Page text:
Reuseability lowers SpaceX launch price to $50 million


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Capitalism in space: Reuseability lowers SpaceX launch price to $50 million.

The article is mostly about tonight’s commercial launch of an SES communications satellite. In it however it notes this comment by Musk:

SpaceX is in the process of flying and discarding older, less advanced Block 4 first stages to clear inventory – the company will likely fly just one more before moving its entire manifest to the Block 5 iteration, which CEO Elon Musk says can fly up to 10 times with minimal refurbishment between missions. Beyond that, the boosters could launch up to 100 times with moderate inspections and changes.

The next-generation vehicles feature improved reusability, upgraded thrust, retractable black landing legs that can reduce time between launches, a new black interstage and a slightly larger payload fairing, to name a few. It will also help SpaceX reduce costs from $60 million to about $50 million per launch, Musk said in May. [emphasis mine]

This price is about a third less than what both Arianespace and ULA have estimated they will charge for their new rockets, Ariane 6 and Vulcan respectively. This is also about half the price that the Russians had been charging for their Proton, which used to be the lowest price in town.

I’ll make a prediction: The drop in prices has only just begun.

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11 comments

  • Tom Donohue

    A wonderful quote from the Shawshank Redemption movie comes to mind; “Get busy living or get busy dying”. To date, only the Chinese and the Indians have mentioned plans to develop the technologies that will allow them to recover their rocket components. (SpaceX/Blue Origin – Harden your IT systems NOW!) There was a plan/scheme from some group that would only recover the engine assemblies but that was, to me, merely an exercise in “thinking small”. The gauntlet has been thrown and the world is watching to see how the commercial launch players react and adapt. Exciting times for us spectators but full-throated terror for those who draw a check lacking that SpaceX or Blue Origin logo.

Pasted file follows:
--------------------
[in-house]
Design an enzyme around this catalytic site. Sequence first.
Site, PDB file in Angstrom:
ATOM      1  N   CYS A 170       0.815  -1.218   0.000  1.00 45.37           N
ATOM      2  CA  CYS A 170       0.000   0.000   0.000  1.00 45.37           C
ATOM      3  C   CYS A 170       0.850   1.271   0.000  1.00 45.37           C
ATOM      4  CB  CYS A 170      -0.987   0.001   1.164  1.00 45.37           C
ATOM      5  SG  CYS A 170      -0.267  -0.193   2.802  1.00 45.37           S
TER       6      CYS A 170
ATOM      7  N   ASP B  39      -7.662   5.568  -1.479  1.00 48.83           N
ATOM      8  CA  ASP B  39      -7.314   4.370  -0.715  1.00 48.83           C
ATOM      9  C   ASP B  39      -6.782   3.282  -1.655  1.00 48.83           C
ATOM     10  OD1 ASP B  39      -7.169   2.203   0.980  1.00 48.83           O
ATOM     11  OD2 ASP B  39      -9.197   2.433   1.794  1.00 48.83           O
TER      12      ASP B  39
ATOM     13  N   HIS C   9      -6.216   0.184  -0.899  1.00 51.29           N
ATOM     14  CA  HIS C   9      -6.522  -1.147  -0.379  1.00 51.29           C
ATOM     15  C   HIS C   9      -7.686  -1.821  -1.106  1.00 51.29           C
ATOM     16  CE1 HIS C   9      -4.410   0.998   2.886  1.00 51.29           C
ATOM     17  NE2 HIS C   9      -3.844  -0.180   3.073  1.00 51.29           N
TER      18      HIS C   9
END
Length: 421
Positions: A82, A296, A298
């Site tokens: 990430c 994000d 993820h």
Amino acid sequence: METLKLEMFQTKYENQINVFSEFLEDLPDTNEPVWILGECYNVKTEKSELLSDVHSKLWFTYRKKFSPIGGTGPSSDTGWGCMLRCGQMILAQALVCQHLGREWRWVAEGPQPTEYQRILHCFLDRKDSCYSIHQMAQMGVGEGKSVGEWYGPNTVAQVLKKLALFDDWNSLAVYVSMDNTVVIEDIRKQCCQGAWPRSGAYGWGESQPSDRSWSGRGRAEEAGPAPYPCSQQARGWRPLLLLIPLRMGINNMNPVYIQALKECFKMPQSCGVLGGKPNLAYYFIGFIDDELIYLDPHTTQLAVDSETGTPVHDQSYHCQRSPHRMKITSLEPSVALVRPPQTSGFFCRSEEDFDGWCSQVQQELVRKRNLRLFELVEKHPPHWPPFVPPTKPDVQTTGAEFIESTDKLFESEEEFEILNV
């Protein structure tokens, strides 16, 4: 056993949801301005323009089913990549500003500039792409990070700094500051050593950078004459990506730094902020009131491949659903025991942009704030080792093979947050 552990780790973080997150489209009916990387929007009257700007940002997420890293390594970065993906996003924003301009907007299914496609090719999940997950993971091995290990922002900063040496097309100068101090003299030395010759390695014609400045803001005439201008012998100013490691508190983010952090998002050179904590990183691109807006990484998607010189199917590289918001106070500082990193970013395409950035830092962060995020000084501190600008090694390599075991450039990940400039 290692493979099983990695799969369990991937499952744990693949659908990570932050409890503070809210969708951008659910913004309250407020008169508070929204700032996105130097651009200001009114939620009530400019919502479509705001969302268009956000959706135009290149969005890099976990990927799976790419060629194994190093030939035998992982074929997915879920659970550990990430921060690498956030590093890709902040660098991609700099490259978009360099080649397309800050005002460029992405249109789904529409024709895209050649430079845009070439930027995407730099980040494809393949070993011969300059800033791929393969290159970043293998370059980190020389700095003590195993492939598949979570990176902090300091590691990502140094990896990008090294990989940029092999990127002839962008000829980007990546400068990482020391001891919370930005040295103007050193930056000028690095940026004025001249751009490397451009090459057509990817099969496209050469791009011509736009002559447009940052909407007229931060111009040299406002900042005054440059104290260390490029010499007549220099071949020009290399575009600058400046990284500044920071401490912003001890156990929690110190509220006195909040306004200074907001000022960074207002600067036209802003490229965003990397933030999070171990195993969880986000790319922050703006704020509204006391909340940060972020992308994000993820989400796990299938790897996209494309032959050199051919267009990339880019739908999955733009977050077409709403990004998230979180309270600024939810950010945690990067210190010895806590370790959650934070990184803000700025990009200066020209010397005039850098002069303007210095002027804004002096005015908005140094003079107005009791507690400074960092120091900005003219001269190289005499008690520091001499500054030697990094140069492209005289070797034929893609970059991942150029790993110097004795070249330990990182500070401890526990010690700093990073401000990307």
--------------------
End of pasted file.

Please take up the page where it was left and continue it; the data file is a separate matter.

Tom

  • Tom Donohue

    A wonderful quote from the Shawshank Redemption movie comes to mind; “Get busy living or get busy dying”. To date, only the Chinese and the Indians have mentioned plans to develop the technologies that will allow them to recover their rocket components. (SpaceX/Blue Origin – Harden your IT systems NOW!) There was a plan/scheme from some group that would only recover the engine assemblies but that was, to me, merely an exercise in “thinking small”. The gauntlet has been thrown and the world is watching to see how the commercial launch players react and adapt. Exciting times for us spectators but full-throated terror for those who draw a check lacking that SpaceX or Blue Origin logo.

    Tom

  • Tom Donohue: Please do not double comment. My instructions as to comments are clear in the announcement at the top of the page. If your comment does not appear within several hours, email me.

  • Steve Cooper

    Why lower prices if the market is not forcing you? Put the money in the bank.

  • wodun

    Steve Cooper

    Why lower prices if the market is not forcing you? Put the money in the bank.

    They lower them a little bit to show they can and to goose demand but leave enough meat to make a meal and fund expansion.

  • Localfluff

    @Steve Cooper
    To show Jeff Bezos that he doesn’t want to play this game.
    The old ones are dead and gone. Only their ghosts still move and talk for a while. SpaceX is competing against the future.

    No, really. It’s because Elon Musk is Hell bent on going to Mars, not making money. Selling launches at cost indirectly helps this cause for the decades time horizon he has for it. As does his giving away of patents of electric machines, also a requirement for Mars.